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Pettinato v. Professional Parent Care

United States District Court, E.D. Michigan, Southern Division

May 8, 2018

PROFESSIONAL PARENT CARE, a Michigan Corporation, et al., Defendants.




         Presently before the Court is the Plaintiff Allison Pettinato's Motion for Dismissal of both counts of Defendants Professional Parent Care's and Sanford Linden's Counterclaim, filed on March 15, 2018.[1] Defendants' filed a Response in Opposition on April 5, 2018. Also before the Court is counsel's Motion to Withdraw for Defendants Professional Parent Care, Inc. (“PPC”) and Sanford Linden and for Stay of Proceedings, filed on March 26, 2018. Additionally, Laura Brodeur-McGeorge has also filed a Motion to Withdraw as Counsel, filed on April 6, 2018. Plaintiff has failed to file a Response to the pending motions to withdraw, and the time for doing so has passed. See E.D. Mich. L.R. 7.1(e)(2). On May 2, 2018, counsel submitted a Stipulation and Consent for Substitution of Attorneys indicating that counsel stipulates and consents to the substitution of Bogas & Konscius, P.C. as attorneys for PPC and Linden. See Dkt. No. 43. On May 3, 2018, Kathleen L. Bogas and Brian E. Koncius filed their appearances on behalf of these Defendants. See Dkt. Nos. 44 and 45.

         Upon review of the parties' filings, the Court concludes that oral argument will not aid in the resolution of these matters. Accordingly, the Court will resolve the instant motions on the briefs and cancels the hearing. See E.D. Mich. L.R. 7.1(f)(2). For the reasons that follow, the Court will deny Plaintiff's Motion for Dismissal, and will grant both Motions to Withdraw. However, because Defendants have obtained substituted counsel, their request for a stay of the instant proceedings is unwarranted and will be denied.


         The facts giving rise to the instant matter have been set forth in previous orders. See Dkt. Nos. 18, 33. Thus, the Court will only discuss the facts necessary for resolution of the motions presently before it.

         Plaintiff's Complaint raises allegations of discrimination, retaliation and hostile work environment under Title VII and the Elliot Larson Civil Rights Act stemming from her employment as a caregiver at Defendant Professional Parent Care (“PPC”). Defendant Sanford Linden is the owner of PPC. Plaintiff maintains that she was assigned as a caregiver to Defendant Morris Huppert, who she alleges sexually assaulted and harassed her during her work shifts at his home. When she complained to PPC and Linden, she was constructively discharged.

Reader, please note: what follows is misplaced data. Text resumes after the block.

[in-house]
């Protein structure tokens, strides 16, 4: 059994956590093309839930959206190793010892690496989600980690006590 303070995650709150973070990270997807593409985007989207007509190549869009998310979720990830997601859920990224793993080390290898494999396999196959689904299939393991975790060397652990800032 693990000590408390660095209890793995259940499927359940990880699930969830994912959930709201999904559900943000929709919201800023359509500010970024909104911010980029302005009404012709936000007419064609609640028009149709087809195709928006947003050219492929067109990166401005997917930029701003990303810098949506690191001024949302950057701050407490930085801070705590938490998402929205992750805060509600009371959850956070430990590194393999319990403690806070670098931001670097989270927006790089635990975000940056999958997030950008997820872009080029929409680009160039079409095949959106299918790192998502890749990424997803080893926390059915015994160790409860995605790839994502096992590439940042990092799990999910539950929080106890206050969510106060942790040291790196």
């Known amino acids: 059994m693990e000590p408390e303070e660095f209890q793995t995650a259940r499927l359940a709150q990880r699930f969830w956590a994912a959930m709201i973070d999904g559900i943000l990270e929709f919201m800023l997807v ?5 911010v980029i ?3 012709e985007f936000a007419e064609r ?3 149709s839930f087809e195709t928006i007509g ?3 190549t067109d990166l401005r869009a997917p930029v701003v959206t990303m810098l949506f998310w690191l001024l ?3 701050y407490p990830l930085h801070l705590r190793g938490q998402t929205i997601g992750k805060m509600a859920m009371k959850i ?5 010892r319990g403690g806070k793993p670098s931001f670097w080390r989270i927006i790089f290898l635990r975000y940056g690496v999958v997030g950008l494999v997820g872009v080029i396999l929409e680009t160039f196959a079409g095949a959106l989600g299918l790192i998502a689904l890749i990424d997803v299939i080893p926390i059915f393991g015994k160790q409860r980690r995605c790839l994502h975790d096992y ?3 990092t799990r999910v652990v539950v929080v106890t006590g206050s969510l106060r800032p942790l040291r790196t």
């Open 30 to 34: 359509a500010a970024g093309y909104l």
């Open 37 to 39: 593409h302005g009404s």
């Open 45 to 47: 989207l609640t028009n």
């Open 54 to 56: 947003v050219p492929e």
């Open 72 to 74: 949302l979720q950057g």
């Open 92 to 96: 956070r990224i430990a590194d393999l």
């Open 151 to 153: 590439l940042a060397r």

On December 1, 2017, Defendants filed a Motion for Leave to Amend Answer Adding Counterclaim. Defendants sought to add a Counterclaim for violation of Michigan statutory law, Mich. Comp. Laws § 750.539 et seq., based on Plaintiff's secret video recording of Huppert during her work shift and of a conversation she had with Linden and another PPC employee. The Court granted Defendants' Motion on February 20, 2018. In granting the motion, the Court wholly rejected the arguments Plaintiff raised in her opposition brief to Defendants' Motion for Leave to Amend.

         III. LAW & ANALYSIS

         A. Motion for Dismissal

         In her present motion, Plaintiff asserts that Defendants' Counterclaim should be dismissed. However, Plaintiff merely reasserts the same arguments that have already been considered and rejected by this Court in its Order Granting Defendants' Motion for Leave to Amend Adding Counterclaim. Plaintiff's recent filing fails to advance any new arguments in support of her contention that Defendants' Counterclaim is without merit, nor does she provide any new case law in support of her frivolous motion. As such, her present motion is really an untimely, as well as unmeritorious motion for reconsideration and is due to be denied.

         Plaintiff continues to rely on Dickerson v. Raphael, 222 Mich.App. 185, 188; 564 N.W.2d 85 (1997), which has no applicability to the video recordings at issue here. Dickerson concerned a secret audio recording, transmission and broadcast of conversations between a woman and her children. Additionally, in Lewis v. LeGrow, 258 Mich.App. 175; 670 N.W.2d 675 (2003), the Michigan Court of Appeals held that Mich. Comp. Laws § 750.539 et seq. properly prohibits secret videotaping of a third party as invasive of individual privacy.

         Here, Defendants' Counterclaim concerns Plaintiff's secret video recording of Linden and another PPC employee in a private office, as well as of Huppert in his home. Plaintiff's case law fails to support her position that dismissal is warranted. Because Plaintiff fails to advance any authority actually supportive of her position, the Court declines to determine at this juncture whether an adverse inference should be drawn regarding her invocation of the Fifth Amendment at her March 2018 deposition as argued by Defendants.

         B. ...

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